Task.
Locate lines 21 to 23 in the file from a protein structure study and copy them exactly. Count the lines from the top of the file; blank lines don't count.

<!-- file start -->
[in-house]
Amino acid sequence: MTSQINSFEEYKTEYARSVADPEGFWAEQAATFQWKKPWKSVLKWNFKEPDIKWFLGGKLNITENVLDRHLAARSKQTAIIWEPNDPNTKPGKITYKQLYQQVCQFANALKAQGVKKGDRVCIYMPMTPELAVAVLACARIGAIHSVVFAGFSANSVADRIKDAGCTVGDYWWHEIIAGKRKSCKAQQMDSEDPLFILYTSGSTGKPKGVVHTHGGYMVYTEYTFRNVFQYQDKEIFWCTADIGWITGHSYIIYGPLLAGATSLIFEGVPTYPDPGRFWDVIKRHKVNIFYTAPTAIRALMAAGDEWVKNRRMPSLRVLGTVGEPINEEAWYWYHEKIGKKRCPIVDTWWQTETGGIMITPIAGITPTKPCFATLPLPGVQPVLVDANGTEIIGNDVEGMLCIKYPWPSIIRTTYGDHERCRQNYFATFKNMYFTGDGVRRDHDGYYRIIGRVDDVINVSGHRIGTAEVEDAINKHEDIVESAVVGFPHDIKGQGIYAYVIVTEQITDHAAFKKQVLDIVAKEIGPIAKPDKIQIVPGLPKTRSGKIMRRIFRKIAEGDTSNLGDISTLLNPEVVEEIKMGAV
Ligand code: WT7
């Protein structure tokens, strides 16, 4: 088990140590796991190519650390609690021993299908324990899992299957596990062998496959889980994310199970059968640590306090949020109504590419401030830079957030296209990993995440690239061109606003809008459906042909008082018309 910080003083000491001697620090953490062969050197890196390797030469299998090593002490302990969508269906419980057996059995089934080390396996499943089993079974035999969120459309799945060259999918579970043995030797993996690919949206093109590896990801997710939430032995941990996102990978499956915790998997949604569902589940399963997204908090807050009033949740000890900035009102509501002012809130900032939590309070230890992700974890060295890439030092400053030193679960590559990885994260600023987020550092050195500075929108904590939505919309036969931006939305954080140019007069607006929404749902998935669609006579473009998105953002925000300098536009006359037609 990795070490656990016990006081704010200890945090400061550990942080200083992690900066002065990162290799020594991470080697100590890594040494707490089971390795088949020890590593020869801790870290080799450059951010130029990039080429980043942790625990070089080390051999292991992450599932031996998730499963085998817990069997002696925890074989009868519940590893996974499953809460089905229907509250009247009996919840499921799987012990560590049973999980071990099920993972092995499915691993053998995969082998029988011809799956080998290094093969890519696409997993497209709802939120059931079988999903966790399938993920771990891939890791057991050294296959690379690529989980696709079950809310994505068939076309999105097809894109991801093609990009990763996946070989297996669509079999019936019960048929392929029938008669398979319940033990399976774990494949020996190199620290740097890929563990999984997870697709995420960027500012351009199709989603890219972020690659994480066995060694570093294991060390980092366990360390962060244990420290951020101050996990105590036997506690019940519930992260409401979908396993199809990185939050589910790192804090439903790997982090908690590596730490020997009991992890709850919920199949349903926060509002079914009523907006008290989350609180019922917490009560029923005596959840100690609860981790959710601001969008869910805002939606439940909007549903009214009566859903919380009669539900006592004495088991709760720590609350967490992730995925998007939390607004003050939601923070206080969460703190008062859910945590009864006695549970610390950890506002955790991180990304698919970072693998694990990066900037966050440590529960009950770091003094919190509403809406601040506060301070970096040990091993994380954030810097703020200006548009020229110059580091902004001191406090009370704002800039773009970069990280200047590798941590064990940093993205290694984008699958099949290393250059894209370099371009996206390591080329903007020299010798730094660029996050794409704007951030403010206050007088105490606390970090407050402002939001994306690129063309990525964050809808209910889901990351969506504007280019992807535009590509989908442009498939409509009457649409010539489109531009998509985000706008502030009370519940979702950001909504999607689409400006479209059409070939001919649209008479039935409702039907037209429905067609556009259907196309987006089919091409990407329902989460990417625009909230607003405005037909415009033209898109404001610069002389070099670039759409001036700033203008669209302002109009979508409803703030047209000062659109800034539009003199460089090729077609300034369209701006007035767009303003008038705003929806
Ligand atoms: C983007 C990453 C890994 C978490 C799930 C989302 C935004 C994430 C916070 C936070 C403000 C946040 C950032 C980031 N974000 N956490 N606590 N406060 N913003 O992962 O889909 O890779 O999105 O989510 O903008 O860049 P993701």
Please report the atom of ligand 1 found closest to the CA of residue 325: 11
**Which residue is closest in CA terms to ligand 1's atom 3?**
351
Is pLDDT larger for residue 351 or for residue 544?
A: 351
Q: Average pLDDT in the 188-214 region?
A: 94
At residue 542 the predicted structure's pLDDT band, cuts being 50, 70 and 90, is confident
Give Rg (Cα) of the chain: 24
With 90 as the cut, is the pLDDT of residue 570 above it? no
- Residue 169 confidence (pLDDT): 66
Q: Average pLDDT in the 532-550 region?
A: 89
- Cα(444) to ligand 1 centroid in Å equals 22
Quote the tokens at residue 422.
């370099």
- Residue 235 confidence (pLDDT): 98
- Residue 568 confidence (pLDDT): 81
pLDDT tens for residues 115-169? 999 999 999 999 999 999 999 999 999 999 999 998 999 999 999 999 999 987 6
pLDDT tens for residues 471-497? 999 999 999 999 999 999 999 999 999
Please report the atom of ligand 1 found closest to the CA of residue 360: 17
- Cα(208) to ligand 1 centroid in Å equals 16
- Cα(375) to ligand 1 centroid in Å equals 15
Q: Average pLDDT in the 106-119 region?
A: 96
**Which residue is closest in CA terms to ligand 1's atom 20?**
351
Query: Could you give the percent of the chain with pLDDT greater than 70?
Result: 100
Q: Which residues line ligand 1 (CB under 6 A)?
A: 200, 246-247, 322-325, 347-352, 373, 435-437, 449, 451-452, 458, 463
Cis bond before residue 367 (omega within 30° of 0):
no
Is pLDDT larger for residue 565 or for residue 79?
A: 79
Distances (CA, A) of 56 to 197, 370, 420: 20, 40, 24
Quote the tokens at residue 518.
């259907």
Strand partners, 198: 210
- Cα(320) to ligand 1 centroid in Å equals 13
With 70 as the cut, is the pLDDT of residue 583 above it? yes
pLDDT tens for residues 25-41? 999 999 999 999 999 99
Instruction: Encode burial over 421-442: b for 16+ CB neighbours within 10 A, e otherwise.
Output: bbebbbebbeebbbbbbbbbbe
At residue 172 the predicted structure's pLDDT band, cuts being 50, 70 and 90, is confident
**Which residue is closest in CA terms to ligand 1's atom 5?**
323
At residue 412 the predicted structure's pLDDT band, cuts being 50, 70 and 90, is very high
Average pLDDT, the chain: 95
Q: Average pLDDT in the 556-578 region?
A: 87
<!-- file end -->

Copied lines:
């370099």
- Residue 235 confidence (pLDDT): 98
- Residue 568 confidence (pLDDT): 81